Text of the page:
YOU Magazine’s brilliant restaurant critic Tom Parker Bowles and wine expert Olly Smith on great French food and the light white wines to try.
For a reliably refined flavour of France, Tom heads to a favourite haunt
Familiarity doesn’t always breed contempt. In fact, when it comes to my favourite restaurants, the opposite is invariably true. Sometimes, I know exactly what I want to eat, and exactly where to eat it. Where consistency trumps novelty, and the experience is all.
A few years back, when those cravings had a Gallic accent, it was always Racine or La Brasserie. Both, sadly, have gone the way of all flesh. But Le Colombier, which seems to have been a Chelsea staple since Granny Takes a Trip (although it really only opened in 1998), effortlessly plugs that gap.
On a hot, late August afternoon, the outdoor tables are booked. They always are, for those linen and Tod’s-clad regulars, old Chelsea to their core, treat this place like their local canteen. But inside, a cool breeze flutters through the open windows, into a room daubed in Provençal blue. Service is mainly young, slick and very French, but with rather more charm than disdain. There’s chilled house rosé, and good bread, and a half dozen crevettes sitting on ice, bracingly fresh and dunked into homemade mayonnaise.
More expertly sourced fish with the ‘vintage’ sardines, La Quiberonnaise, served in their bright yellow tin with a fistful of chopped shallot and a good squeeze of lemon. They were canned last year and allowed to age slightly, giving the expertly deboned and beheaded beauties an exquisitely subtle depth.
Fish soup has a suitably rusty hue, and with its hint, rather than blast, of piscine bosk, it’s not so much swaggering, salty old sea dog as elegant boulevardier with a deep, dark past. Snails arrive out of the shell, the sauce delivering a creamy jolt of garlic and Pernod-laced delight.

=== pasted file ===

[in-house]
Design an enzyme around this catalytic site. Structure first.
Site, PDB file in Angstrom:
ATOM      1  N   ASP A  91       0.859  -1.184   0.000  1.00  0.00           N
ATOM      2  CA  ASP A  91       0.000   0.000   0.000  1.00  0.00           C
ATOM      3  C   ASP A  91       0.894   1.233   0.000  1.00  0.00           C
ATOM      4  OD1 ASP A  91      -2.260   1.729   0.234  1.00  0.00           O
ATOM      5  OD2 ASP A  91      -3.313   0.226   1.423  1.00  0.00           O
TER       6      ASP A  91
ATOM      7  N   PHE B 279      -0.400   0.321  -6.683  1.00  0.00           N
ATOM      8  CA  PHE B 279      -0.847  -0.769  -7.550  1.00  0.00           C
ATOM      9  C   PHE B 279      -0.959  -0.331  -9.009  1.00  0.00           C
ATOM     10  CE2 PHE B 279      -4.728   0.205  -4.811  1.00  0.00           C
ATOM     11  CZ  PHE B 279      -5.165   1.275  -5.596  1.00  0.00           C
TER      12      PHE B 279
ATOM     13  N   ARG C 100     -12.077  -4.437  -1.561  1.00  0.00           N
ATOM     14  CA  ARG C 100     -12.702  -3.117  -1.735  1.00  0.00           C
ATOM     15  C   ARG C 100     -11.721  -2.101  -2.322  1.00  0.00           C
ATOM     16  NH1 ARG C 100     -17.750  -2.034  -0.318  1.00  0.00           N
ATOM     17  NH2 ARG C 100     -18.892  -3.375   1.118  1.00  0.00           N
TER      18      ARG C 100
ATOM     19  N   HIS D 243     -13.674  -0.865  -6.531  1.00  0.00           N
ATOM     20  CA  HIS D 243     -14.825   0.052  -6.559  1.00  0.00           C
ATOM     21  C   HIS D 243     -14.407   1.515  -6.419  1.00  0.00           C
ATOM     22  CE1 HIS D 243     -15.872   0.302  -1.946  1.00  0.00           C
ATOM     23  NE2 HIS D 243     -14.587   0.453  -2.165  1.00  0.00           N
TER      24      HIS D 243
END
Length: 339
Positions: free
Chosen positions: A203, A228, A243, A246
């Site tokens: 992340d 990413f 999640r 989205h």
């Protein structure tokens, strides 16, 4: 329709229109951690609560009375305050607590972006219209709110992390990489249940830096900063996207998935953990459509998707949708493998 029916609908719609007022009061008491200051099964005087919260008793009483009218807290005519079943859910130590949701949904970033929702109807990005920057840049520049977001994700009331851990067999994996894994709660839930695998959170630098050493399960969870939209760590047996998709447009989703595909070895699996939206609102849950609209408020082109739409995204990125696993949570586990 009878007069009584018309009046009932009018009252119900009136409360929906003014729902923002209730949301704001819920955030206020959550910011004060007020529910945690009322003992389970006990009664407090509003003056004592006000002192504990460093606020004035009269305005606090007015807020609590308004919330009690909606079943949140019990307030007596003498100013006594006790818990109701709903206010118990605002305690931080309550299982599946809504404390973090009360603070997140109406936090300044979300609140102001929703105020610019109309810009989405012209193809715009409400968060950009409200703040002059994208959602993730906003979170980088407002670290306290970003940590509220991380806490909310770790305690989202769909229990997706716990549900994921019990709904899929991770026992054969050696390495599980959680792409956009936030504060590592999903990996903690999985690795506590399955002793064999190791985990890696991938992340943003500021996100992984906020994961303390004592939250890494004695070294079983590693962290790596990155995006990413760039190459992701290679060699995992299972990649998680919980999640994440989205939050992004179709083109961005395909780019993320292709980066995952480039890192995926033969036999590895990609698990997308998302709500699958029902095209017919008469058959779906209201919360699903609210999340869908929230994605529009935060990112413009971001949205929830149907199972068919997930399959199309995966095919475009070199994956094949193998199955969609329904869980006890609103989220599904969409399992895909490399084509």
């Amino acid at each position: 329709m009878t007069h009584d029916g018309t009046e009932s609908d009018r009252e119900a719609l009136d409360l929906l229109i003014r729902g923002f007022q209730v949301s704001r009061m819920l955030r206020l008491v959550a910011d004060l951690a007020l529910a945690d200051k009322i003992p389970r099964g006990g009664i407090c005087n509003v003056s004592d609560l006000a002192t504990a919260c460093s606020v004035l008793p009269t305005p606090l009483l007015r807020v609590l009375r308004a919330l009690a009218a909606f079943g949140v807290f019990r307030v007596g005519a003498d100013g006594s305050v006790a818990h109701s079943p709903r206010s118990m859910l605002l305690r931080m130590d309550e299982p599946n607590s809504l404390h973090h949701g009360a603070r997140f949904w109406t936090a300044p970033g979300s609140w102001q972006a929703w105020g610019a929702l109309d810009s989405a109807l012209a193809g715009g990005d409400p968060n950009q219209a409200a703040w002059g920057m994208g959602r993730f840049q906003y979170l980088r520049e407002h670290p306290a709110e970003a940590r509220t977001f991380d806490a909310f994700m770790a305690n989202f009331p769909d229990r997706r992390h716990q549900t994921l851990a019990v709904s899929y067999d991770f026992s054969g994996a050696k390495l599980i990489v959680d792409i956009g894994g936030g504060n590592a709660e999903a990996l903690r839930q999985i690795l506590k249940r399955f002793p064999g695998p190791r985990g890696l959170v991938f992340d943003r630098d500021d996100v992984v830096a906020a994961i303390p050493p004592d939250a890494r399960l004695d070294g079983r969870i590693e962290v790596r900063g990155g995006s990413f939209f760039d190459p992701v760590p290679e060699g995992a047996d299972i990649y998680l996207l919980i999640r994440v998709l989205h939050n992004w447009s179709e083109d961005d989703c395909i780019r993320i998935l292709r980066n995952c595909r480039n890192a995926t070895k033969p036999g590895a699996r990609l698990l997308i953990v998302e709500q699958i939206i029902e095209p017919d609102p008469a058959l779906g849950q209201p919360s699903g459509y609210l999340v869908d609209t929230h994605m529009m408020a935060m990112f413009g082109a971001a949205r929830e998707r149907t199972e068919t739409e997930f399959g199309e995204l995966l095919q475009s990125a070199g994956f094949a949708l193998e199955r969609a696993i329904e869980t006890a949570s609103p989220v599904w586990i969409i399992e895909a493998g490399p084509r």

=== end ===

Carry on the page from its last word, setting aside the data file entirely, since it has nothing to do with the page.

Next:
Roast grouse ‘à l’Anglaise’ may not strike one as part of the French culinary canon. But it’s every bit the equal of its brethren at Wilton’s or Rules. Cooked rare, the sweet flesh is served with clear gravy and bread sauce. Sometimes, even the French concede that British can be best.
In fact, the only bum note of the entire lunch is a tomato salad, served as cold as the mortuary slab. A tiny quibble. Because Le Colombier not only cooks up peerlessly consistent French brasserie food. But does so with the broadest of smiles.
Le Colombier, about £40 a head, 145 Dovehouse Street, Chelsea Square, London SW3; 020 7351 1155
Drinks: Olly’s favourite light whites
With the last few summery rays lifting our spirits, light white wines are divinely elegant with deft levels of alcohol allowing for longer sessions of splendour. Some wines with alcohol manipulated downward can be so brutally bitter or sickly sweet that you’re better off making a spritzer.
Thankfully there are lots of decent options coming in below 12.5% alcohol that deliver gorgeous character without monstrous manufacturing.
PONTE DE LIMA LOUREIRO VINHO VERDE 2019 (11.5%), £7.50, The Wine Society. Light and spritzy, this piercing Portuguese wine is spot on with oily fish or for a zesty aperitif.
GAILLAC PARLE EVOCATION 2019 (12%), £8.99, Majestic. Fresh, easy and breezy, light whites like this don’t come much finer and at such a friendly price.
FAMOSO RUBICONE 2019 (12%), £8, Marks & Spencer. A tangerine dream of a wine! Fragrant, light, exotic and vivid with flavour as well as finesse.
THE DOCTORS’ SAUVIGNON BLANC 2019 (9.5%), £8.99, Waitrose. Clever stuff from New Zealand, naturally lower in alcohol without losing out on flavour. A proper zinger.
FRITZ WILLI RIESLING 2018 (11%), £10.95, ndjohn.co.uk. My wine of the week, this is a peach dipped in sherbet. So fruity and fabulous – a bottled holiday disco of a wine.